I never really had any interest in being Miss USA or Miss America. But I loved the whole process. So when I got asked to help judge the Miss Plattsburg Scholarship Pageant a month or so ago, I was so stinking excited. I did not hesitate to say, "YES!"
There are 20 young adults hoping to win the title of 2011 Miss Plattsburg and the opportunity to represent their hometown and obtain the college scholarship that goes with the title.
As I drove home from the interview portion, which is what I helped judge, I could not help but think about all the young women I had just met. Miss Plattsburg will be crowned tonight, I thought I might take a moment to give future pageant contestants a few things to think about, from a judges perspective.
1. The Devil is in the Detail: Often times interviewing questions have multiple parts. It is important to remember to address both parts. For example, if a question ask you for your goals and dreams, it is important to give a response to both: goals and dreams. It is also important to remember the detail. Reaching a goal, especially a long term one, is dependent on several smaller steps. What are those steps? The detail is so important. Most scholarship pageants are going to be rooted in academics. Sharing your academic goals is probably going to be very important. For example: when I was a senior in high school, graduating high school was very important to me as I was the first person on my father's side of the family to graduate high school. I thought I wanted to be a police officer, so I had a goal of going to college and obtaining a 3.0 GPA. I wanted to make it through college in four years. My long term goal was to become a highway patrol officer. My dream when I was in high school was to own a pink convertible car. I had a job so I could save money to buy one.
2. Talk to Me: It takes a strong and confident person to hold their own in a conversation. Before you even start to answering the interview questions, take a deep breath, mentally create a road map of your answer and just talk to me. Tell me your story. Finish your thought. Be aware of communication blunders and avoid them. What is a communication blunder? You know them...um...well....uh....hummm....what was I going to say? Those things that interfere with communication. My absolute best advice: practice. Practice. Practice answering questions out loud. Look at football players, They practice running plays. Key word, running. They do not sit on the sideline and think about running plays. They run them. Therefore, you should practice talking out loud. Try to go for a whole 5 minutes for each question. Start over when you commit a communication blunder. Use a mirror if you do not have anyone else in the family you can force to practice with you.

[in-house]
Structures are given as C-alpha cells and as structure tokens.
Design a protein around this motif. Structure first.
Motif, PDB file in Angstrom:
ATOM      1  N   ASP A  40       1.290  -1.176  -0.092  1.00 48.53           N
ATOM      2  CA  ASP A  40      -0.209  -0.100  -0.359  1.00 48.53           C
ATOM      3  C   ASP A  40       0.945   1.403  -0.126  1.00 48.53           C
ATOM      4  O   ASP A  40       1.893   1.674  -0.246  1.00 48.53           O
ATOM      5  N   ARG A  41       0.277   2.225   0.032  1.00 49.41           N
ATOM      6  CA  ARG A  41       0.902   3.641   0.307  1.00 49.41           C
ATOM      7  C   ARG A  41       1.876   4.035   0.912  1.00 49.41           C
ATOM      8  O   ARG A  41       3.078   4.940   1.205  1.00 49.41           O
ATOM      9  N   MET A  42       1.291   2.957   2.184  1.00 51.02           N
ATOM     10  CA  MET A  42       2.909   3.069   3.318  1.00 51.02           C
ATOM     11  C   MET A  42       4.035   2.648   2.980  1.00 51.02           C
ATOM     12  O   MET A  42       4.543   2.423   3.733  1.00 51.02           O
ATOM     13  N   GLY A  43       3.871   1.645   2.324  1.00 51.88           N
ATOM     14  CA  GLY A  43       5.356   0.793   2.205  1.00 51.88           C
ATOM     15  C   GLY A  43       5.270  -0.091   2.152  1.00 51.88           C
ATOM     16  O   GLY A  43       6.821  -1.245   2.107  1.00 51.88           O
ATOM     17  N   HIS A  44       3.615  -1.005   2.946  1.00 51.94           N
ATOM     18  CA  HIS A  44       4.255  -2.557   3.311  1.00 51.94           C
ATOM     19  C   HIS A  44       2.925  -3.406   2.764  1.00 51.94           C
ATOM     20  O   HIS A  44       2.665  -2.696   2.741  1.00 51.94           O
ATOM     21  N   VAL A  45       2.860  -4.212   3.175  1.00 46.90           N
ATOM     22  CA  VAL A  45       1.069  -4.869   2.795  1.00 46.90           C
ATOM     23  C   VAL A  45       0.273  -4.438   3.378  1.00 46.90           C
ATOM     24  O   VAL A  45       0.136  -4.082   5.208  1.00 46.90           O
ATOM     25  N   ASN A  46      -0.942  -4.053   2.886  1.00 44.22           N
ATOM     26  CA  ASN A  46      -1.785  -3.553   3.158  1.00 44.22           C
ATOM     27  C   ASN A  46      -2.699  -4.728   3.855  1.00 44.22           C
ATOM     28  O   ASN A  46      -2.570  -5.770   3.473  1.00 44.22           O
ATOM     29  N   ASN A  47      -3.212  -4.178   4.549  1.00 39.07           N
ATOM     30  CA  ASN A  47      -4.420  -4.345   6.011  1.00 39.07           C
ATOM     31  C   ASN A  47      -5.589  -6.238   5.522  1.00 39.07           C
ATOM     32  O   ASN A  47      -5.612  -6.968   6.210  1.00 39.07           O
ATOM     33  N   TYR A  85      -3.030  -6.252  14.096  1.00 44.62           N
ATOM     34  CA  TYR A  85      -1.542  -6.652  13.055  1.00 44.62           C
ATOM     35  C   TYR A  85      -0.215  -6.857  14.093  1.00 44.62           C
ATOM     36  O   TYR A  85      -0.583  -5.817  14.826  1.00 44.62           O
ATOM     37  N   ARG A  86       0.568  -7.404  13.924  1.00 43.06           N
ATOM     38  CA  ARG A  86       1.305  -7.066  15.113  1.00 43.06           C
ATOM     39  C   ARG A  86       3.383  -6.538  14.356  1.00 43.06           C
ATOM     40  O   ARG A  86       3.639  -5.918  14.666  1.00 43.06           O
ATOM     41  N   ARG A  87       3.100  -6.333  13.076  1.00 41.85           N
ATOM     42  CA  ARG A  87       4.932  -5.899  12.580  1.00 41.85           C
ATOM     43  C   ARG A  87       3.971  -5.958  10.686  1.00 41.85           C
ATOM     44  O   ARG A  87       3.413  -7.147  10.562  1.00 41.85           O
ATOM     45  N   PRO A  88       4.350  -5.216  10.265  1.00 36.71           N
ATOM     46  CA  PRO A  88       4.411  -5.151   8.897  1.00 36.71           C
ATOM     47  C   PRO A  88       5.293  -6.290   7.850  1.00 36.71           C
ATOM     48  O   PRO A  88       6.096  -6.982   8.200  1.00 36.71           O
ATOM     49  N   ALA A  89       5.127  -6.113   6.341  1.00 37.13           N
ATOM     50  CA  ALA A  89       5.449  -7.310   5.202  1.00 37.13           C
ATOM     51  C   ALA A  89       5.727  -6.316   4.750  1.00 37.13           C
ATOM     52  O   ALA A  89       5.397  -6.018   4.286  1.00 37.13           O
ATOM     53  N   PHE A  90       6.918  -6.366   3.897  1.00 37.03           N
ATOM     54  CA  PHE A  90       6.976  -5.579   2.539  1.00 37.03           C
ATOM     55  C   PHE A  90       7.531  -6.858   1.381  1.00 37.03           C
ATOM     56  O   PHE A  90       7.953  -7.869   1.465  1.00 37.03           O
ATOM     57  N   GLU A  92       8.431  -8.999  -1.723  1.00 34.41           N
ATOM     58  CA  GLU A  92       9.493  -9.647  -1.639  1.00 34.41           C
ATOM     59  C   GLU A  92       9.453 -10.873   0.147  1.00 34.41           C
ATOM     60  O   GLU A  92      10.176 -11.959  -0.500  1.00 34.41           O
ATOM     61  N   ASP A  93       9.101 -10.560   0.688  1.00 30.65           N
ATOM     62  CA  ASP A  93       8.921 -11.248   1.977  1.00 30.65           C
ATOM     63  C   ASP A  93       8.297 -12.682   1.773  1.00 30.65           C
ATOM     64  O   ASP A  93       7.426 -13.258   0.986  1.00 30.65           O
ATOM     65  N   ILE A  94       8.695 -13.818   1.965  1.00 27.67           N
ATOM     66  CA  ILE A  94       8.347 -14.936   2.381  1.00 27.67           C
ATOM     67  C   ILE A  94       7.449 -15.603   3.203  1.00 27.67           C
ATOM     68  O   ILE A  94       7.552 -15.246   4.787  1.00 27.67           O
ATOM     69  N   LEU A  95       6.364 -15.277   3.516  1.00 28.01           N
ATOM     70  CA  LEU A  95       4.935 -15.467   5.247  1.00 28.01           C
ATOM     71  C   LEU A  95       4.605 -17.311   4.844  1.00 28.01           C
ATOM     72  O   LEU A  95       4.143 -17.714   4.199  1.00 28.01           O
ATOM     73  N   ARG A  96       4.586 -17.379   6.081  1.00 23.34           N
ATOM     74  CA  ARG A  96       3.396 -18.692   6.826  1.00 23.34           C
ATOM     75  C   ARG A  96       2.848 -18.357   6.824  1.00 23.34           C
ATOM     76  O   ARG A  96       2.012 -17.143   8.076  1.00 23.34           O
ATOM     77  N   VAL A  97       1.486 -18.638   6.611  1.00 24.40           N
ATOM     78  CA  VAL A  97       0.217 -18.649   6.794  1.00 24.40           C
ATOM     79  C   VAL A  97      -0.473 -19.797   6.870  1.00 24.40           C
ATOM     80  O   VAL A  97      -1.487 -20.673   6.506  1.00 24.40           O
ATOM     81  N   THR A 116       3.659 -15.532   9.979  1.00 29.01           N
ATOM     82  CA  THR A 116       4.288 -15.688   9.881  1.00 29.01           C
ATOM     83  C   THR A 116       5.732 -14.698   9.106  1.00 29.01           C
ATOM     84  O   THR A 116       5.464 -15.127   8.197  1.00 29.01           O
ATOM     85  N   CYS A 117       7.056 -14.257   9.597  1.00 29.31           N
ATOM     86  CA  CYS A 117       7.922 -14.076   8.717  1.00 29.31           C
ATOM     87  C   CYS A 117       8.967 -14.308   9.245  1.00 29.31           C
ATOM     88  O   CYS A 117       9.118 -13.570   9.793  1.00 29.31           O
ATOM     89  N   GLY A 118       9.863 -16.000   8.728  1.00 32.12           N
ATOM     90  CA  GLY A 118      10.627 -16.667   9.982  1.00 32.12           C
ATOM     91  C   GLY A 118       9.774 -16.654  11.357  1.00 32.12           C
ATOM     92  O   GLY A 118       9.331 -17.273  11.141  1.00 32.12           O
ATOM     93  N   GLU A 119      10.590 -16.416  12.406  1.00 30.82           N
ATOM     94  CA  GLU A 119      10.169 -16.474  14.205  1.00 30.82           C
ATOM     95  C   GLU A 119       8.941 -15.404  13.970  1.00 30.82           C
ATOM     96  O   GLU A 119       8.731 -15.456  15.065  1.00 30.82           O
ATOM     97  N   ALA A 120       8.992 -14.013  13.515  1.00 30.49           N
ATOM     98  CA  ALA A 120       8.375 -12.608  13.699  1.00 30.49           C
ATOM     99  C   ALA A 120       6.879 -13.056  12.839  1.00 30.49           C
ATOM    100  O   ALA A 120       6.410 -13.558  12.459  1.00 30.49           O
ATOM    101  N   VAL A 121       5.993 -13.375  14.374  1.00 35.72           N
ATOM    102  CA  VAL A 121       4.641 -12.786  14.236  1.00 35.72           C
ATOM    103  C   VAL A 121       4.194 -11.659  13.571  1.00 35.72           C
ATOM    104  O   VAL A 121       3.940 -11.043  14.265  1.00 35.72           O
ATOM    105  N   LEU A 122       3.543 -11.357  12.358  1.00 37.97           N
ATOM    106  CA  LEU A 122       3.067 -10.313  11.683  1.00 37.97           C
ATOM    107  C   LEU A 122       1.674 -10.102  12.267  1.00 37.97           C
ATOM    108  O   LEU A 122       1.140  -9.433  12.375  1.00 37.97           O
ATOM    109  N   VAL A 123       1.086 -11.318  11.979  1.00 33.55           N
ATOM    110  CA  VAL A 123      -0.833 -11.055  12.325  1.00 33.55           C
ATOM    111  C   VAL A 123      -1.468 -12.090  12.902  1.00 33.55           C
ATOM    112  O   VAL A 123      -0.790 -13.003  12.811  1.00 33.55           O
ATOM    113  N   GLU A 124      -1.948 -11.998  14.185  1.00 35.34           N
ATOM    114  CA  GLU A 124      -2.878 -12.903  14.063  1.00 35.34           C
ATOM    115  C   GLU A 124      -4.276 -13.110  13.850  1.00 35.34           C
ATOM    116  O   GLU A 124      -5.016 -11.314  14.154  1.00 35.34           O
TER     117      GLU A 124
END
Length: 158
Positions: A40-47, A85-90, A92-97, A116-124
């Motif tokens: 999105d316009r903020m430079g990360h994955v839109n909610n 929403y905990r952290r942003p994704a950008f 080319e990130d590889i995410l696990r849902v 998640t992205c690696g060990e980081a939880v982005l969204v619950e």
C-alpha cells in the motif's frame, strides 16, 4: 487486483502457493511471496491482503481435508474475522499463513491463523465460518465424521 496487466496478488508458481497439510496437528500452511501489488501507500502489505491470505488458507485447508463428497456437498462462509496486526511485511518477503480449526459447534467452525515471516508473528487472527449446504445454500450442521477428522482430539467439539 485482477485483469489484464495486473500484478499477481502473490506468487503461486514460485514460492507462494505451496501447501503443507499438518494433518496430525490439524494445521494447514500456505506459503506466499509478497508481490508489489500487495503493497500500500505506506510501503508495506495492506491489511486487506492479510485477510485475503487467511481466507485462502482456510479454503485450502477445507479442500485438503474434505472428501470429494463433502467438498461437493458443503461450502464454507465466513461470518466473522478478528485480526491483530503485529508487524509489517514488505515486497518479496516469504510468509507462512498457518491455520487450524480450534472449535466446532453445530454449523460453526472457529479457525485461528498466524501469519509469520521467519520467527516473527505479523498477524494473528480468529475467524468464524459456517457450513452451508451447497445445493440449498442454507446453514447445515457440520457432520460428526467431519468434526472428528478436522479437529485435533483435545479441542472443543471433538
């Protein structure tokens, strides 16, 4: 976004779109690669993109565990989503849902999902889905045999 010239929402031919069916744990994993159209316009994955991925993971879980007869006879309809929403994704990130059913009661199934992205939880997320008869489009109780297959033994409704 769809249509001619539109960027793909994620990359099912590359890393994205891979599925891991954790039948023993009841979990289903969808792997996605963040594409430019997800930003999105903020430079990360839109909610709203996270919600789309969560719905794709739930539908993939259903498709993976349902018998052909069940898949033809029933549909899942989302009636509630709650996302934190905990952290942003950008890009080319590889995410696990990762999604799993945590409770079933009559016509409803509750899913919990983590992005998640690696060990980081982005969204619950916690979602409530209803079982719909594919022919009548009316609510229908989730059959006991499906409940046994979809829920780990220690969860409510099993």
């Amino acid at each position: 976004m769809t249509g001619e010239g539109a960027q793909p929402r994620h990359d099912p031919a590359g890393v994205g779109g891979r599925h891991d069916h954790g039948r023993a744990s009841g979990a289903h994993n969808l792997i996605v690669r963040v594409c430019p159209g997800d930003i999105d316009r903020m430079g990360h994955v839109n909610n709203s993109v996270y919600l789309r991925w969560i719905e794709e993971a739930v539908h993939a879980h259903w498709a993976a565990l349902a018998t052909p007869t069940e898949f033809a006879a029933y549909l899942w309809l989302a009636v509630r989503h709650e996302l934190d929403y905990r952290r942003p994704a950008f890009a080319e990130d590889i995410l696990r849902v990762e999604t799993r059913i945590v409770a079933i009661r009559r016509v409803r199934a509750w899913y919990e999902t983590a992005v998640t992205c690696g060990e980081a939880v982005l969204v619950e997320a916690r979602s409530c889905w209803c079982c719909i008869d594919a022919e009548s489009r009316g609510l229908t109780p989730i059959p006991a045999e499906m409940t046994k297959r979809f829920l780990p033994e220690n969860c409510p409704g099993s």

3. Exude Confidence: How you overall present yourself is important. In every way you want to appear to be the most confident person in the room. You do this by making eye contact. Even if I am busy writing notes, when I look up, I want to catch you being attentive. You also exude confidence by your use of posture. Whether you are asked to stand while addressing the judges or allowed to sit. Practice your posture. And of course, you can exude confidence in the way you communicate.
Example of posture:
5. It is "OK" to toot your horn a bit: When we were little, we were told not to brag or be boastful about ourselves. It is considered rude. I do however, have to disagree with this just a bit. The purpose of athletics, social clubs, position of leadership, and even volunteer work is to learn something about yourself, to learn how to work as a team, to help someone else, or inspire others. Any chance you can, use that knowledge as examples in your interview questions. Communicate to me just how you have prepared yourself for this moment in your life.